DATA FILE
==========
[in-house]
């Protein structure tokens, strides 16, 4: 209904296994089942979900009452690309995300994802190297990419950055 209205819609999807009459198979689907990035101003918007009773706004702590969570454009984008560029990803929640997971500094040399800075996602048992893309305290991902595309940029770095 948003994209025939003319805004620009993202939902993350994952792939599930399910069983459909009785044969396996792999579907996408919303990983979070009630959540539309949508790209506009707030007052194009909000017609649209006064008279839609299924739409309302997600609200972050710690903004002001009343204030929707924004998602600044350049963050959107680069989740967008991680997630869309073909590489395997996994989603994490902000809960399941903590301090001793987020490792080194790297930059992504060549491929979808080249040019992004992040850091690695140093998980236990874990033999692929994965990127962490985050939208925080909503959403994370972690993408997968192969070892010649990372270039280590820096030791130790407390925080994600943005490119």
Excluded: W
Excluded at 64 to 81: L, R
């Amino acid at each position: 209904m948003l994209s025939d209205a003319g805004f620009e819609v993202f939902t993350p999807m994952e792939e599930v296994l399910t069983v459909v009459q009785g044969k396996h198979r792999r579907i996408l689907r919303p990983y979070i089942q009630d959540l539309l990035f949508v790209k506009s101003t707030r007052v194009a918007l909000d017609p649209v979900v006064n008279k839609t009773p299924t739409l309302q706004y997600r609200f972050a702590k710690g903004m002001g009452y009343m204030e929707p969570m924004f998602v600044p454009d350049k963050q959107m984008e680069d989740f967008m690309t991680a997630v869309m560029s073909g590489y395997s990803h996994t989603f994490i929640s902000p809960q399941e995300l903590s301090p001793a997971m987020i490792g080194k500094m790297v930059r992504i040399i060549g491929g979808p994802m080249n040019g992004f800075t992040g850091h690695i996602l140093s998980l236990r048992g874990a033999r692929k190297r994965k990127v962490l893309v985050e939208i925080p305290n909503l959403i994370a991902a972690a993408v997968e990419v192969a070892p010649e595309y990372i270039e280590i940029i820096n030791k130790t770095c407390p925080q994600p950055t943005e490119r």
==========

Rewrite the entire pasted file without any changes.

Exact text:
[in-house]
């Protein structure tokens, strides 16, 4: 209904296994089942979900009452690309995300994802190297990419950055 209205819609999807009459198979689907990035101003918007009773706004702590969570454009984008560029990803929640997971500094040399800075996602048992893309305290991902595309940029770095 948003994209025939003319805004620009993202939902993350994952792939599930399910069983459909009785044969396996792999579907996408919303990983979070009630959540539309949508790209506009707030007052194009909000017609649209006064008279839609299924739409309302997600609200972050710690903004002001009343204030929707924004998602600044350049963050959107680069989740967008991680997630869309073909590489395997996994989603994490902000809960399941903590301090001793987020490792080194790297930059992504060549491929979808080249040019992004992040850091690695140093998980236990874990033999692929994965990127962490985050939208925080909503959403994370972690993408997968192969070892010649990372270039280590820096030791130790407390925080994600943005490119």
Excluded: W
Excluded at 64 to 81: L, R
């Amino acid at each position: 209904m948003l994209s025939d209205a003319g805004f620009e819609v993202f939902t993350p999807m994952e792939e599930v296994l399910t069983v459909v009459q009785g044969k396996h198979r792999r579907i996408l689907r919303p990983y979070i089942q009630d959540l539309l990035f949508v790209k506009s101003t707030r007052v194009a918007l909000d017609p649209v979900v006064n008279k839609t009773p299924t739409l309302q706004y997600r609200f972050a702590k710690g903004m002001g009452y009343m204030e929707p969570m924004f998602v600044p454009d350049k963050q959107m984008e680069d989740f967008m690309t991680a997630v869309m560029s073909g590489y395997s990803h996994t989603f994490i929640s902000p809960q399941e995300l903590s301090p001793a997971m987020i490792g080194k500094m790297v930059r992504i040399i060549g491929g979808p994802m080249n040019g992004f800075t992040g850091h690695i996602l140093s998980l236990r048992g874990a033999r692929k190297r994965k990127v962490l893309v985050e939208i925080p305290n909503l959403i994370a991902a972690a993408v997968e990419v192969a070892p010649e595309y990372i270039e280590i940029i820096n030791k130790t770095c407390p925080q994600p950055t943005e490119r």